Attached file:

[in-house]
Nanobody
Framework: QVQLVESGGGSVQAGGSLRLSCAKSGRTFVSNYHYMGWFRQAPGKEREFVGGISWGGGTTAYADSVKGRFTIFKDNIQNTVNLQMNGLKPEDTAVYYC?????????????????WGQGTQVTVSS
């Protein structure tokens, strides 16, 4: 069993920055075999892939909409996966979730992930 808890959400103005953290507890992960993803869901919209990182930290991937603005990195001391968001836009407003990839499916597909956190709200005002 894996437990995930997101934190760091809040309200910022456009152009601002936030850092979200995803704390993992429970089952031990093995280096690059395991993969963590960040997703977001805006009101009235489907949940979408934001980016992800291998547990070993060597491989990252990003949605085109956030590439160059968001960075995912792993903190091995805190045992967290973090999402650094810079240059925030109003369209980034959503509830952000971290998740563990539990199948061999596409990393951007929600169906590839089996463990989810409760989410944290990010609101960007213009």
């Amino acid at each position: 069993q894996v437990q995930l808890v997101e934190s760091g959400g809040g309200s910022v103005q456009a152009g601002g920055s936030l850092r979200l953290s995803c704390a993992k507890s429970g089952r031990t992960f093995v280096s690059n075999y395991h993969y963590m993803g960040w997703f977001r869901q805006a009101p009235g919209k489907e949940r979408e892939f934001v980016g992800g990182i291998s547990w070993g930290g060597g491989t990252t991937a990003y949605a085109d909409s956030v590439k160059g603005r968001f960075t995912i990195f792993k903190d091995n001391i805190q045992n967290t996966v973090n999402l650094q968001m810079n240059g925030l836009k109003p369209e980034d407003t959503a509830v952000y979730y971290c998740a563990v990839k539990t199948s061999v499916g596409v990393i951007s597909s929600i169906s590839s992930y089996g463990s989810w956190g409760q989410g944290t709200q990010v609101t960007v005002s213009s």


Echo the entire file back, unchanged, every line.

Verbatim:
[in-house]
Nanobody
Framework: QVQLVESGGGSVQAGGSLRLSCAKSGRTFVSNYHYMGWFRQAPGKEREFVGGISWGGGTTAYADSVKGRFTIFKDNIQNTVNLQMNGLKPEDTAVYYC?????????????????WGQGTQVTVSS
């Protein structure tokens, strides 16, 4: 069993920055075999892939909409996966979730992930 808890959400103005953290507890992960993803869901919209990182930290991937603005990195001391968001836009407003990839499916597909956190709200005002 894996437990995930997101934190760091809040309200910022456009152009601002936030850092979200995803704390993992429970089952031990093995280096690059395991993969963590960040997703977001805006009101009235489907949940979408934001980016992800291998547990070993060597491989990252990003949605085109956030590439160059968001960075995912792993903190091995805190045992967290973090999402650094810079240059925030109003369209980034959503509830952000971290998740563990539990199948061999596409990393951007929600169906590839089996463990989810409760989410944290990010609101960007213009």
């Amino acid at each position: 069993q894996v437990q995930l808890v997101e934190s760091g959400g809040g309200s910022v103005q456009a152009g601002g920055s936030l850092r979200l953290s995803c704390a993992k507890s429970g089952r031990t992960f093995v280096s690059n075999y395991h993969y963590m993803g960040w997703f977001r869901q805006a009101p009235g919209k489907e949940r979408e892939f934001v980016g992800g990182i291998s547990w070993g930290g060597g491989t990252t991937a990003y949605a085109d909409s956030v590439k160059g603005r968001f960075t995912i990195f792993k903190d091995n001391i805190q045992n967290t996966v973090n999402l650094q968001m810079n240059g925030l836009k109003p369209e980034d407003t959503a509830v952000y979730y971290c998740a563990v990839k539990t199948s061999v499916g596409v990393i951007s597909s929600i169906s590839s992930y089996g463990s989810w956190g409760q989410g944290t709200q990010v609101t960007v005002s213009s």